Director: Charles Laughton
Stars: Robert Mitchum (Preacher Harry Powell), Shelley Winters (Willa Harper), Lillian Gish (Rachel), Billy Chapin (John), Sally Jane Bruce (Pearl)
“Dream, little one, dream”. The Night Of The Hunter is like a dream, or, more accurately a sort of wonderful nightmare. It seems built out of the broken building blocks of twisted fairytales, building blocks used to forge a construct of dark American gothic nature. When people use the term ‘American gothic’, they mean The Night Of The Hunter. It is in its bones. It’s blood. There’s even a lynch mob.
Based upon the novel by James Agee, Charles Laughton’s film is one of the richest curiosities in American cinema, and also, flat out one of the best American films ever made. It is visually indebted to the silent era quite profoundly, especially the German expressionists. It even features, in a fluke of unusual casting, one of the silent era’s greatest stars, Lillian Gish. And it is she who opens the movie, narrating the story, asking us in to its lurid, troublesome narrative. And then there is Robert Mitchum’s portrayal of corrupted preacher Harry Powell, a villain so completely realised that virtually every psychotic movie bad guy or serial killer since has seemed to owe the man a debt. There truly is no movie quite like The Night Of The Hunter, yet equally, there seem to be few movies that can be sighted as quite so influential.
The story that Lillian Gish introduces, surrounded angelically by innocent children and a vista of stars, quickly turns sour. With a fairytale theme to make Danny Elfman wet himself, we are introduced first to one of Harry Powell’s poor victims, collapsed in a cellar stairway in an image the recalls nothing so much as The Wizard Of Oz. Then, like the travelling eye of a deity, we come to pursue Powell himself, travelling the roads of the south, totting up his ‘works’, using the Lord as justification for his greed, seeking out his next opportunity. During a brief imprisonment Powell learns of just such a chance, and on his release sets about inserting himself into a rural family in order to get his hands on a hidden stash of money.
The hapless widow Willa Harper, who becomes his wife, is quite sadly doomed from the start, and the sequence following their impotent wedding night in which Powell exacts his murderous judgement upon her is unforgettable. The sharp shadows of the ceiling cutting the frame as deeply as Powell cuts with his knife. More ghoulish still are the images of her body, suspended in death at the bottom of a lake. Laughton’s vision is startling, and fascinatingly fulfilled.
But the best is arguably yet to come. Powell realises that Willa’s orphaned children John and Pearl hold the key to finding the money, and so begins a relentless cross country pursuit as the young ones flee. It’s hard to describe how bewitching this sequence is, how beautiful. John and Pearl’s escape down river is witnessed by rabbits and frogs, spiders and birds. They are one with the world and righteous, yet always in the distance there is the silhouette of Powell on horseback. Relentless and terrifying. Enter Lillian Gish’s Rachel; a saintly mother-hen to lost children, and, the viewer hopes, an embodiment of goodness strong enough to repel Powell once and for all.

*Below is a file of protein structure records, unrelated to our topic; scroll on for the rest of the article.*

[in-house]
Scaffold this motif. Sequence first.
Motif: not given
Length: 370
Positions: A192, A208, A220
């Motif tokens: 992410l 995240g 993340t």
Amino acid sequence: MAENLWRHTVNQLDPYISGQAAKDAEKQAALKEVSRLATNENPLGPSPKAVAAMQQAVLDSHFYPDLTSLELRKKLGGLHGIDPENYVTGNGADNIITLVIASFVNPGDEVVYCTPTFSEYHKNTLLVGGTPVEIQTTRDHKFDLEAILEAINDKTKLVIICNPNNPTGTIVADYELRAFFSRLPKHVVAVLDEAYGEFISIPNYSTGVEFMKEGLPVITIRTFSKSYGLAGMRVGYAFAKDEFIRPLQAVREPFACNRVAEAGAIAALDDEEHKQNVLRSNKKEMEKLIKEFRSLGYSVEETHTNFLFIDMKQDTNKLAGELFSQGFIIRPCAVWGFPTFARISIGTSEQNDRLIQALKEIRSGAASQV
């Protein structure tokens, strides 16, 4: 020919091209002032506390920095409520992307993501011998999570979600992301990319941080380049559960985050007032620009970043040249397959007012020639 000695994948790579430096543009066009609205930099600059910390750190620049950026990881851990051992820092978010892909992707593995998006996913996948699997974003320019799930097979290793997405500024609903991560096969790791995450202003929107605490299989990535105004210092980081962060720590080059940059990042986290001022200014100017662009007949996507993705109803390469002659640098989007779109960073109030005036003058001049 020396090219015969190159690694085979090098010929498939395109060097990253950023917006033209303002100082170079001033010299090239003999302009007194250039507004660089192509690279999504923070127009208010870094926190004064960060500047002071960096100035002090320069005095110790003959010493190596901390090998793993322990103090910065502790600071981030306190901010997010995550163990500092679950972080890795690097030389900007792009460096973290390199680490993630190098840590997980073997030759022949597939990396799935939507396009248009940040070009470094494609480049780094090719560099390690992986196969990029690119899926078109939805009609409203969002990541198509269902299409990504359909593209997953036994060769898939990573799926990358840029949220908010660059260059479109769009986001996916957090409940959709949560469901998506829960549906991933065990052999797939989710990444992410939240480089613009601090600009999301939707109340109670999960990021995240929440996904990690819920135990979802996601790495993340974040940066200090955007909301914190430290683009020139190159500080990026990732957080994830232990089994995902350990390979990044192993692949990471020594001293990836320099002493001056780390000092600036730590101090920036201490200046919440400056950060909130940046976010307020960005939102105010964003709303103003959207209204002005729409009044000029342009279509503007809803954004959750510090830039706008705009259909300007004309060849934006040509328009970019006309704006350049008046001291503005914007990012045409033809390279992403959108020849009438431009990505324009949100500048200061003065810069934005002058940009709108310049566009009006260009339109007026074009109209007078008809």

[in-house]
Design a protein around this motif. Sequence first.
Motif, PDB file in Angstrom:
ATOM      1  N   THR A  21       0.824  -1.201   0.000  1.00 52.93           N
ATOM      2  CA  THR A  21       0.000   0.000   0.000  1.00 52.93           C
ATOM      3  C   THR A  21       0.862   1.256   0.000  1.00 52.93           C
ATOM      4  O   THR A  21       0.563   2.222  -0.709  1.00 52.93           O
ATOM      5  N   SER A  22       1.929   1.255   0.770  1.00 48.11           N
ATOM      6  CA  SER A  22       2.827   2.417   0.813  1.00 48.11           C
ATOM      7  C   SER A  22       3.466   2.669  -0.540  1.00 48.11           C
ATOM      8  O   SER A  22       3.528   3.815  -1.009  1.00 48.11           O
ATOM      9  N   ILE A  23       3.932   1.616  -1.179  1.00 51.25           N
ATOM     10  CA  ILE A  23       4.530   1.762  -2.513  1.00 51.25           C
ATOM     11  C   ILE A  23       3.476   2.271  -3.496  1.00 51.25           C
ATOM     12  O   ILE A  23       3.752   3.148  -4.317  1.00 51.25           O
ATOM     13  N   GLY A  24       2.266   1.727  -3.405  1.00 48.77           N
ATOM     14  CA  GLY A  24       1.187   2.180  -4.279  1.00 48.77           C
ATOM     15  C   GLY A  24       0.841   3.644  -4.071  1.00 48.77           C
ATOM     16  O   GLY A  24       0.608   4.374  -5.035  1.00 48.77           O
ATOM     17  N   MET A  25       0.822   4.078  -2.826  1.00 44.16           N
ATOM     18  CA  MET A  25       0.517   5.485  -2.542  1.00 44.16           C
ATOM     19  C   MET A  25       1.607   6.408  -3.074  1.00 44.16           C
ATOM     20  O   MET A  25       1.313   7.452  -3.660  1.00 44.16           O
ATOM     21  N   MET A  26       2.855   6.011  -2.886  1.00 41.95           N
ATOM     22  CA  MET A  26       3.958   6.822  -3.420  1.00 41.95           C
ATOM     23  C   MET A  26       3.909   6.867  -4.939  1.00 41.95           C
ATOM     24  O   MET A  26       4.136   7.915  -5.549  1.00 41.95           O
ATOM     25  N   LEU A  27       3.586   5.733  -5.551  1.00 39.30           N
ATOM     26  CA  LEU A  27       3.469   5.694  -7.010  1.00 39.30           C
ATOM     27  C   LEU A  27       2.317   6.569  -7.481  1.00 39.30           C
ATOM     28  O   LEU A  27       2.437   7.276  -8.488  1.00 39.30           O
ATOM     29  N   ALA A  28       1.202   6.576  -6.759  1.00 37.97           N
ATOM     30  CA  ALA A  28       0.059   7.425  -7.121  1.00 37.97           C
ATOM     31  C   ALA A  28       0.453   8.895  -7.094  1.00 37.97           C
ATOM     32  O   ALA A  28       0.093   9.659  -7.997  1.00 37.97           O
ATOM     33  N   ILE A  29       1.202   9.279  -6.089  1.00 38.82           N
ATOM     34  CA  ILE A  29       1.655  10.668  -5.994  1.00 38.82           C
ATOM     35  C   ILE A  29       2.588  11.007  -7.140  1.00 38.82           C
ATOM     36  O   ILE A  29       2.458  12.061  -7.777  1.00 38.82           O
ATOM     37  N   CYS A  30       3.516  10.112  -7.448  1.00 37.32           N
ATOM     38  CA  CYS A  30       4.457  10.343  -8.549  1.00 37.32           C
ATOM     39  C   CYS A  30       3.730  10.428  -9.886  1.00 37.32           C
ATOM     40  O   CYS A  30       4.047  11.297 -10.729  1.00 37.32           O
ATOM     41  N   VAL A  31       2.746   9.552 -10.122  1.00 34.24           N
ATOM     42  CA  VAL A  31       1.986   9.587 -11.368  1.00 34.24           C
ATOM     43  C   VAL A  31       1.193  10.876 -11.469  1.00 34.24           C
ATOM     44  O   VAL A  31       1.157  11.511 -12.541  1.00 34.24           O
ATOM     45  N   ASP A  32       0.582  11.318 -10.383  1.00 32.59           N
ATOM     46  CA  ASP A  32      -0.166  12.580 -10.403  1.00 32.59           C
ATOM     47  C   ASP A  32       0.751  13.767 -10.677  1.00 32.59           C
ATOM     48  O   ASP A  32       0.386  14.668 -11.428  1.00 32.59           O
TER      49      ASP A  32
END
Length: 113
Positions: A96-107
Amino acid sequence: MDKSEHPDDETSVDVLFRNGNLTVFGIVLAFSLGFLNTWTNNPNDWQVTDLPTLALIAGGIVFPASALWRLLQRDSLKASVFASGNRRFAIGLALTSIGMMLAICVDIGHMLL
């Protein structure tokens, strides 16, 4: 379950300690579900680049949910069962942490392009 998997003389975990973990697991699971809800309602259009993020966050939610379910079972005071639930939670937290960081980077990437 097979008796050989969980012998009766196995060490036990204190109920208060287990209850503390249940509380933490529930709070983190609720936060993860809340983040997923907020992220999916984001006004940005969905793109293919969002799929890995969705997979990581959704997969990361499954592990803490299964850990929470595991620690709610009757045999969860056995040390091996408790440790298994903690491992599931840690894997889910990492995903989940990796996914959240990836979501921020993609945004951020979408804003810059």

No matter whether Laughton’s camera chooses to show us ghoulish imagery or nature’s brilliance, the eye for a striking shot is amazing. In a 2007 listing of the 100 Most Beautiful Films, Cahiers du cinéma ranked The Night of the Hunter No. 2.* It’s not hard to see why.
The Night Of The Hunter was Charles Laughton’s debut feature as director, and sadly, his last. Amazingly, the film was a critical and commercial failure upon its release in 1955. What did audiences object to so, I wonder? Perhaps Powell being a preacher, and Willa’s blind religious fervour didn’t play too well; Laughton’s apparent distrust and cynicism over the corruptible nature of the seemingly or supposedly pure. Was Willa’s apparent complicity in her own murder too troubling? Whatever the reason, Laughton took it to heart and never returned to the director’s chair. Now, with hindsight, this can be seen as one of the true crimes of American cinema. One suspects we have been denied an incredible body of work. Had Laughton pursued his career, what wonders would we have seen?
We will never know. Still, the influence of The Night Of The Hunter is felt strongly today, in the work of directors as diverse as Tim Burton and the Coen Brothers. Not to mention shows like HBO’s Carnivale. Now, Carnivale was brilliant, and if you haven’t seen it you should, but the debt it owes to The Night Of The Hunter verges on downright plagiarism. See also Nathan Fillion’s Caleb in the final season of Buffy The Vampire Slayer, as direct a reference to Harry Powell as I’ve ever seen.
Yet The Night Of The Hunter and Robert Mitchum’s powerhouse performance will outlast all imitators. Perhaps it’s a blessing in disguise that it remained Laughton’s only movie. No matter who tries to imitate its heady mix of thriller and fairytale, nobody seems to get close to capturing this magic. Nothing is like it. No other movie casts shadows so darkly, and few feel so like a tormented dream.
Dream, little ones, dream.
* thanks for that one, Wikipedia 🙂